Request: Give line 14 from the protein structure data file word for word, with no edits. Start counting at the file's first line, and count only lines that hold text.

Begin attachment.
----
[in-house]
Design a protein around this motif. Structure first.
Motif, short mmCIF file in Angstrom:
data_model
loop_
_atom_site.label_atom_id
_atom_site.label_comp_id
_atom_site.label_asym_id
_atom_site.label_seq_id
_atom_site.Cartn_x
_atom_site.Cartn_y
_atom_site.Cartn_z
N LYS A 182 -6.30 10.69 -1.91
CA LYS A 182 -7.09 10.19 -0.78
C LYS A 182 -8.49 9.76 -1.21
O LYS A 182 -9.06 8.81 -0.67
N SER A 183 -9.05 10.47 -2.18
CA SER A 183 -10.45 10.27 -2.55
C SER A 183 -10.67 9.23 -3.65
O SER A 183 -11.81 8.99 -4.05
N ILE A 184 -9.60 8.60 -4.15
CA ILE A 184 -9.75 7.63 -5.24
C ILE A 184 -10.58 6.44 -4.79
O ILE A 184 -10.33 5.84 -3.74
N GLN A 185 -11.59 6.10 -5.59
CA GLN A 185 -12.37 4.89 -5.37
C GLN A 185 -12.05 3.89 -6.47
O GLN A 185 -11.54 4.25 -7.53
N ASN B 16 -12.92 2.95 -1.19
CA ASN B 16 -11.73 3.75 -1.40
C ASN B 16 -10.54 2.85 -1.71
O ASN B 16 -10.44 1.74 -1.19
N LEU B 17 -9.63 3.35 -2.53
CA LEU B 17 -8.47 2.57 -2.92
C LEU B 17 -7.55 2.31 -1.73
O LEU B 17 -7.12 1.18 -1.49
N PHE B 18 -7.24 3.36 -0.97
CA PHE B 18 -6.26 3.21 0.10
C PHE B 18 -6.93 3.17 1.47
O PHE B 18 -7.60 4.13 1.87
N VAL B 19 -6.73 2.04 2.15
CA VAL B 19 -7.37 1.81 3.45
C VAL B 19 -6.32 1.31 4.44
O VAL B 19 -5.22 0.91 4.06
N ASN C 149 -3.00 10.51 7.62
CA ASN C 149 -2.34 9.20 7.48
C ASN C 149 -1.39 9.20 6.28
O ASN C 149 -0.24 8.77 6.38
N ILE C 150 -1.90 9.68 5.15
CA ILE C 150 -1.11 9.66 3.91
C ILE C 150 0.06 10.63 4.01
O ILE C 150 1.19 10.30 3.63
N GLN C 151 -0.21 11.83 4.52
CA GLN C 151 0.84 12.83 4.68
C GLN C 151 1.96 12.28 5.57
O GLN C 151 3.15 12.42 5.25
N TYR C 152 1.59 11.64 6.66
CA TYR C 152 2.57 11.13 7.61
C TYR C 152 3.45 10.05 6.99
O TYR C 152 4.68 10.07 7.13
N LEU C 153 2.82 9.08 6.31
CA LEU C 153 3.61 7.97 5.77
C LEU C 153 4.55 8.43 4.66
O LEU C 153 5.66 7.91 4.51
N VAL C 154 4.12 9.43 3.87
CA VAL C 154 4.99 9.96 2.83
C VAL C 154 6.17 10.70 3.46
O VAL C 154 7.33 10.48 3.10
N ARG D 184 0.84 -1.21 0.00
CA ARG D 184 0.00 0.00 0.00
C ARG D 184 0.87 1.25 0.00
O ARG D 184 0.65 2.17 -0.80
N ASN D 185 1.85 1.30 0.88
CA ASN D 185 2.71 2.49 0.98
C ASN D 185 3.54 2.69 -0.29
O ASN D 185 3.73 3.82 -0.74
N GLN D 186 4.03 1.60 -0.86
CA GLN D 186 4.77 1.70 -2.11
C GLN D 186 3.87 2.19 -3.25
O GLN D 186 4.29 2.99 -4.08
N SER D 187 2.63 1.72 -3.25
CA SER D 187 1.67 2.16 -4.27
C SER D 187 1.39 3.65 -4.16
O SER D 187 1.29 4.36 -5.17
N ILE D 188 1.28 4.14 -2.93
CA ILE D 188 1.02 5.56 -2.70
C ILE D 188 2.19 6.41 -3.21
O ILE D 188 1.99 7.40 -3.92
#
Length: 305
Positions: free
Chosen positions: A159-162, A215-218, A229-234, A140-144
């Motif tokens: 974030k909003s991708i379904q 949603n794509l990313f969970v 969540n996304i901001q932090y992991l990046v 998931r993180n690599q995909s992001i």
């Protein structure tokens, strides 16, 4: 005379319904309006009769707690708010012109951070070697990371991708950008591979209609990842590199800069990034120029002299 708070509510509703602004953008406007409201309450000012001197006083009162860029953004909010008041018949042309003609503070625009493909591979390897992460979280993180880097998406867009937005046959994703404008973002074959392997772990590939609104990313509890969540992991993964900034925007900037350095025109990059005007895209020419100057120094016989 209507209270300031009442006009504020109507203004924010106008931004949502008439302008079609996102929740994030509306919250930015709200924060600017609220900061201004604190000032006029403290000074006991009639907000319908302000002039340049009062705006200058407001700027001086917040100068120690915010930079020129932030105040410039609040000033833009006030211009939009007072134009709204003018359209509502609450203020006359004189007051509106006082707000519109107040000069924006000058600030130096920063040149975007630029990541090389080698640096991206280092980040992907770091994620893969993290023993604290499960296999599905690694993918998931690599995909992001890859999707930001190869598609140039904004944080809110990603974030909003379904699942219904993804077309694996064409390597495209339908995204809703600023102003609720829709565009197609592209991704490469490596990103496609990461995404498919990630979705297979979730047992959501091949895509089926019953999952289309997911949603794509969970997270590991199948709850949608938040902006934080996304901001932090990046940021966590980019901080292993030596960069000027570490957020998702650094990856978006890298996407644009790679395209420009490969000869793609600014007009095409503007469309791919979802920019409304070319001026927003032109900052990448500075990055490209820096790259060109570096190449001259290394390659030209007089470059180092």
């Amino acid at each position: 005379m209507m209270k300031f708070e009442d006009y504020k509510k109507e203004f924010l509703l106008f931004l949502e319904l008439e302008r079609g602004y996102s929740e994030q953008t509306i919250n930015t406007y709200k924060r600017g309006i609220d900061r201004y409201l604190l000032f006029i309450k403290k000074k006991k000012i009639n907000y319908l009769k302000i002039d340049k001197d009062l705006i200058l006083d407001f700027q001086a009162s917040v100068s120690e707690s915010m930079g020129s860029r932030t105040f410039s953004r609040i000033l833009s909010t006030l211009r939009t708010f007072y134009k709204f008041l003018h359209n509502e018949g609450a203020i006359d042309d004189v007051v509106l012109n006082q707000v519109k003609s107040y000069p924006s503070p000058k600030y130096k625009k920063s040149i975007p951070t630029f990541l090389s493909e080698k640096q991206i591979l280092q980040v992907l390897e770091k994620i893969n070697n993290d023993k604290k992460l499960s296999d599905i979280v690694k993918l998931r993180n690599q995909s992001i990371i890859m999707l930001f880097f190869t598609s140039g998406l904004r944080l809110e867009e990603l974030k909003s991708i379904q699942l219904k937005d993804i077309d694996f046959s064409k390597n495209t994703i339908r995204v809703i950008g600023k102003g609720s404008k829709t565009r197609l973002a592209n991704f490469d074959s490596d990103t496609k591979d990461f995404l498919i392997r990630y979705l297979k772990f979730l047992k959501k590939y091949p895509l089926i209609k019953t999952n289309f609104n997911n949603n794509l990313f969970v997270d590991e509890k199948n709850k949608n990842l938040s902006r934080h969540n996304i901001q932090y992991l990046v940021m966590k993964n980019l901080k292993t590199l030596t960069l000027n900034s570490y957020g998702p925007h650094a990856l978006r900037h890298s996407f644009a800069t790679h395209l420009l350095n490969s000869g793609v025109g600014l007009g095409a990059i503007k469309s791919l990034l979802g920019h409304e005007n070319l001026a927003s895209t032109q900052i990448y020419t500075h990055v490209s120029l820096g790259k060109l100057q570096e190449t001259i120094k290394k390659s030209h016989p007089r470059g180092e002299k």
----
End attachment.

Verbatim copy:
CA LYS A 182 -7.09 10.19 -0.78